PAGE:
Scuttling of the former aircraft carrier “Foch”: what rules apply for the dismantling of ships?

The former aircraft carrier Foch, a former flagship of the French Navy, transferred to the Brazilian flag in 2000, will be sunk in the Atlantic due to the deterioration of its hull. There is no other solution than‘”a spontaneous sinking”, said the Brazilian Navy in a press release. An area some 350 km off the Brazilian coast, 5,000 meters deep, was considered to be “the safest” for this scuttling.

>>> Brazil: we tell you about the long drift of the aircraft carrier “Foch” which will end at the bottom of the Atlantic Ocean

This is not a first. In 2004, the Royal Navy scuttled an old frigate off Cornwall and in 2006, it was the United States that sank an old aircraft carrier, theOriskany, off Florida. However, they had taken the precaution of cleaning it up beforehand. Because despite the ecological and health dangers induced by the demolition of these buildings, there are no real international legal instruments framing it. For the time being, only the Basel Convention of 1989 establishes community regulations on the transfer of waste, in particular by prohibiting the export of hazardous waste such as asbestos to non-OECD countries. But it only concerns ships with a gross tonnage of less than 500 and is often circumvented by the practice of deflagging.

Dismantling mainly carried out in poorly equipped countries

At present, according to the European Commission, Europeans own 35% of the world’s commercial fleet, ie nearly 15,000 ships, 10,000 of which are under the flag of a Member State. But only 7% of these ships are dismantled in Europe. The professional organization Armateurs de France estimates that in all, 90 to 95% of ship dismantling takes place in India, Bangladesh, China and Turkey. “There are physical risks for the workers because they are poorly protected in these countries.points out Jacky Bonnemains, spokesperson for the Robin Hood environmental defense association. They barely have gloves, not always helmets or safety shoes. There are risks of sudden accidents, often fatal or leading to mutilation”. In 2013, the dismantling in Turkey of the formerPacific Princessthe liner of the series The cruise has funTo caused the death of two workers, poisoned by toxic gases escaping from the engine room. Italy, which had passed the Pacific Princess under exotic flag just before its transfer, will not be held responsible.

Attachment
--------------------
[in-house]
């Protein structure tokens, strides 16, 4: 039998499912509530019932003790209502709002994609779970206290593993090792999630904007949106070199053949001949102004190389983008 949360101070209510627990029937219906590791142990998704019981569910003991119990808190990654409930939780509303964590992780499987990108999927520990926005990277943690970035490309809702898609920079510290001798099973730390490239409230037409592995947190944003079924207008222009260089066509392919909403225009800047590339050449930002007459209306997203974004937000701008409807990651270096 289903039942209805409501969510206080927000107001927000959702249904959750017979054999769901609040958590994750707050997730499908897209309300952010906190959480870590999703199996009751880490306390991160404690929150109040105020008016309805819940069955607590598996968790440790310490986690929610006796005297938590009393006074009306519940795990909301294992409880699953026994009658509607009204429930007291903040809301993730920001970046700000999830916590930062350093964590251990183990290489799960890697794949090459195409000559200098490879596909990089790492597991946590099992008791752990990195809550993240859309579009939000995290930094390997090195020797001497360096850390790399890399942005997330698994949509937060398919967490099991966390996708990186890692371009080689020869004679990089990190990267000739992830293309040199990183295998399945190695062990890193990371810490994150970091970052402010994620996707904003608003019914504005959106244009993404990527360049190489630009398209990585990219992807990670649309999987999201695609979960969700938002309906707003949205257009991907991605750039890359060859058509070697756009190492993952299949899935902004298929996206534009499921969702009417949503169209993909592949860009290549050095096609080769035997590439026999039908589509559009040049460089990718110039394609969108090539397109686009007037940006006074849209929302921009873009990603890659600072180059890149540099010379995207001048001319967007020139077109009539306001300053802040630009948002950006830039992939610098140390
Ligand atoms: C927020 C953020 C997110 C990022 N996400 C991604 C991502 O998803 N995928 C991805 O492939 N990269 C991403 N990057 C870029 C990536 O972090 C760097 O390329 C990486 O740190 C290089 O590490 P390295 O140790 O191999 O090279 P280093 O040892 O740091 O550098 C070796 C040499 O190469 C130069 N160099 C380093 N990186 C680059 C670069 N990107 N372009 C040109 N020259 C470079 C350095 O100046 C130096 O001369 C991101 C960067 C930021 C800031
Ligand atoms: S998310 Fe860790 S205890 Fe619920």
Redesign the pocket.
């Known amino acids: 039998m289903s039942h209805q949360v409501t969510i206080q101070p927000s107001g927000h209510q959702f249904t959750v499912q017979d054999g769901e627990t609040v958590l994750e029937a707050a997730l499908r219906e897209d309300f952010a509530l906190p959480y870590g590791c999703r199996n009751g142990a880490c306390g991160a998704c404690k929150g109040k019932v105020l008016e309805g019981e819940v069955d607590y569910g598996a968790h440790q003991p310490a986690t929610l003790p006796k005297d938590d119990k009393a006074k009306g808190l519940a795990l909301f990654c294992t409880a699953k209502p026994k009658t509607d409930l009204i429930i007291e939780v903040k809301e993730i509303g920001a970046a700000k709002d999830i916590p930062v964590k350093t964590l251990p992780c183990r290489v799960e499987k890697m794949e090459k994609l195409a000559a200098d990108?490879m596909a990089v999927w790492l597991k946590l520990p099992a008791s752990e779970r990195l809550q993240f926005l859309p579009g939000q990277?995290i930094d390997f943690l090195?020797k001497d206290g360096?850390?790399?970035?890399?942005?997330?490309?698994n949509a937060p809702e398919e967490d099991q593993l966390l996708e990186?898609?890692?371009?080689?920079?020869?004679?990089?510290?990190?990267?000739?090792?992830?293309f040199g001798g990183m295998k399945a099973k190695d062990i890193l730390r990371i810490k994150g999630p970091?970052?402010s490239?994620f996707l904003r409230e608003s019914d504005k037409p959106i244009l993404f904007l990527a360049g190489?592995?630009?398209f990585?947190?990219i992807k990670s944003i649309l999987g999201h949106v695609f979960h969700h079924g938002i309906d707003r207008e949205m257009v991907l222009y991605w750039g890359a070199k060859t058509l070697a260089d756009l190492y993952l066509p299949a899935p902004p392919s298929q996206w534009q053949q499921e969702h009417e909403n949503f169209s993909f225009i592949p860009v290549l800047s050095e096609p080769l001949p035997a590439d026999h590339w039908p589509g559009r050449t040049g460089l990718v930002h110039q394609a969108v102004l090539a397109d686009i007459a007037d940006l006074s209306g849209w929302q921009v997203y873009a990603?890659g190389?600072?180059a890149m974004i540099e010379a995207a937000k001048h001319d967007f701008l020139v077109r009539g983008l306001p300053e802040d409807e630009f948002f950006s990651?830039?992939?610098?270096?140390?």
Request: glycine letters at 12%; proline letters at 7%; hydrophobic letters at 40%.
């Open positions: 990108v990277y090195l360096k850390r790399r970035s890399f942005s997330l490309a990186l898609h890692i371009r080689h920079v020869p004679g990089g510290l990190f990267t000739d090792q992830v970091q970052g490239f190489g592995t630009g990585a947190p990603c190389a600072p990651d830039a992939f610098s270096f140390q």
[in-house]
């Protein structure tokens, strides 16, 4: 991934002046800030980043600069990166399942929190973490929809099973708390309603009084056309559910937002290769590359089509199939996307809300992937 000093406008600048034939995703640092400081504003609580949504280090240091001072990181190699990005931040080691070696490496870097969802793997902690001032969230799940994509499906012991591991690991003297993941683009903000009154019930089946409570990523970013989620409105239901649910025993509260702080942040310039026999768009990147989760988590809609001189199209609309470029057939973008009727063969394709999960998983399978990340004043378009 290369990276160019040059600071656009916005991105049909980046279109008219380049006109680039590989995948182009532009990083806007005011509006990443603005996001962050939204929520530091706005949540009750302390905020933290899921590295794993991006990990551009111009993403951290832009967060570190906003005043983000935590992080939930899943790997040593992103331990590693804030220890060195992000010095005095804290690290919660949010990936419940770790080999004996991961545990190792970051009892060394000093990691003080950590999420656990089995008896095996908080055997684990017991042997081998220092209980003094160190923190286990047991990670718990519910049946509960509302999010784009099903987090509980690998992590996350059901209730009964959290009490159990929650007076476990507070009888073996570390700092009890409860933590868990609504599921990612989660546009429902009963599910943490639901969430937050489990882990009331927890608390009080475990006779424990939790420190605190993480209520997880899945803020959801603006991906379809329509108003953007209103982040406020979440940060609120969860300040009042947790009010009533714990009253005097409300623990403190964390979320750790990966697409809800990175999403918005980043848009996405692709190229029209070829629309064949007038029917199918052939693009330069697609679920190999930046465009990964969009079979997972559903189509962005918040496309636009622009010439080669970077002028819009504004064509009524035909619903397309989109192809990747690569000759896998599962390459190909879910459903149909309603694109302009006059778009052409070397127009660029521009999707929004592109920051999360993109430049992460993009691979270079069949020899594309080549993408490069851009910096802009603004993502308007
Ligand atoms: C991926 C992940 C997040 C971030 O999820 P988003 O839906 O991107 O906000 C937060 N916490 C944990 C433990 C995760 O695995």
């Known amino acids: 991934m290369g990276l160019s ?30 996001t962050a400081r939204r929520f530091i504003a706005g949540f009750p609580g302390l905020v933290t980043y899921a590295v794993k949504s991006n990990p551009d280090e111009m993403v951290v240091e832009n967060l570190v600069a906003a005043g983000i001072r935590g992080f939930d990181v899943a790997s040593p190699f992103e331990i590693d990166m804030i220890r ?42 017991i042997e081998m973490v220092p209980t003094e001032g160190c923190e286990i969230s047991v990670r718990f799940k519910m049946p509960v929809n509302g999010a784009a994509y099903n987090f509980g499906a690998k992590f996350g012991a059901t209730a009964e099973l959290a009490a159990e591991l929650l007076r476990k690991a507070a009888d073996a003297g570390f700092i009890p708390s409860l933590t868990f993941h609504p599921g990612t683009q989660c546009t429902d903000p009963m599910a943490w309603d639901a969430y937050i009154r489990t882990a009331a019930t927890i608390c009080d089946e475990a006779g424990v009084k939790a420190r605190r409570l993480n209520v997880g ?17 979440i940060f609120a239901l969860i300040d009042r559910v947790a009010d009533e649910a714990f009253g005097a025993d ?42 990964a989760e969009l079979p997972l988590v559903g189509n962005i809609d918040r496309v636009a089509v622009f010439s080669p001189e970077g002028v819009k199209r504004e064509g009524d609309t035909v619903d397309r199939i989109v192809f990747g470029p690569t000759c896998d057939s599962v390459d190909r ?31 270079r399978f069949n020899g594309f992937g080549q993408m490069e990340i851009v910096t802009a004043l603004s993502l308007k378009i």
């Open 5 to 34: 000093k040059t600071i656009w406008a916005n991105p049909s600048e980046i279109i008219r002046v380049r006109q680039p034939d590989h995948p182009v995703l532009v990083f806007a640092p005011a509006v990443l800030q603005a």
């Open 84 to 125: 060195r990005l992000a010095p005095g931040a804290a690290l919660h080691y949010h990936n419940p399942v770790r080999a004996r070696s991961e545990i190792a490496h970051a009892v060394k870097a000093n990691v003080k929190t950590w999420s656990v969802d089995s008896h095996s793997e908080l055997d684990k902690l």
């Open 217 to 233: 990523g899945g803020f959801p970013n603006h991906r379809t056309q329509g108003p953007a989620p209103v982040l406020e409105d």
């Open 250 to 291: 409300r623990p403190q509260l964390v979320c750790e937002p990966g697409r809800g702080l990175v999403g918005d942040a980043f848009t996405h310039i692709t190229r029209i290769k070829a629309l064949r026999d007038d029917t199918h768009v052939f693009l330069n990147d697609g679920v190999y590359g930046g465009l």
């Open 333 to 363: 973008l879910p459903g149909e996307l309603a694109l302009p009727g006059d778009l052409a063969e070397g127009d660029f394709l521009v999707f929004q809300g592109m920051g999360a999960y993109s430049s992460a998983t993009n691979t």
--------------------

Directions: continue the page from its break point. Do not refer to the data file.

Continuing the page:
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In an attempt to alleviate this type of drama, the Member States of the International Maritime Organization (IMO) adopted in 2009 in Hong Kong, the first international convention for the safe and environmentally sound recycling of end-of-life ships. France was the first of the 15 states to ratify it. But it has still not entered into force. In 2013, the Europeans therefore developed regulations inspired by it, in force since January 2019. It puts in place specific measures applicable to large commercial seagoing vessels (existing and new) of a gross tonnage greater than or equal to 500 tons flying the flag of a Member State of the United States. EU. It does not apply to warships or other state-owned vessels.

An inventory of hazardous materials

This regulation obliges the owners of the buildings to have on board an inventory of hazardous materials (asbestos, heavy metals, hydrocarbons, substances that deplete the ozone layer, etc.), certified by the administration and establishes that recycling can only be carried out in a facility approved by Brussels. The European list included in April 2022, 46 approved facilities, 37 in Europe (EU + Norway and United Kingdom), eight in Turkey and one in the United States. In France, the four approved facilities are Démonaval Recycling (Seine-Maritime), Gardet & de Bézenac Recycling – Baudelet Environnement group (Seine-Maritime), GPM Bordeaux (Gironde) and Navaléo – Recycleurs Bretons group (Finistère).

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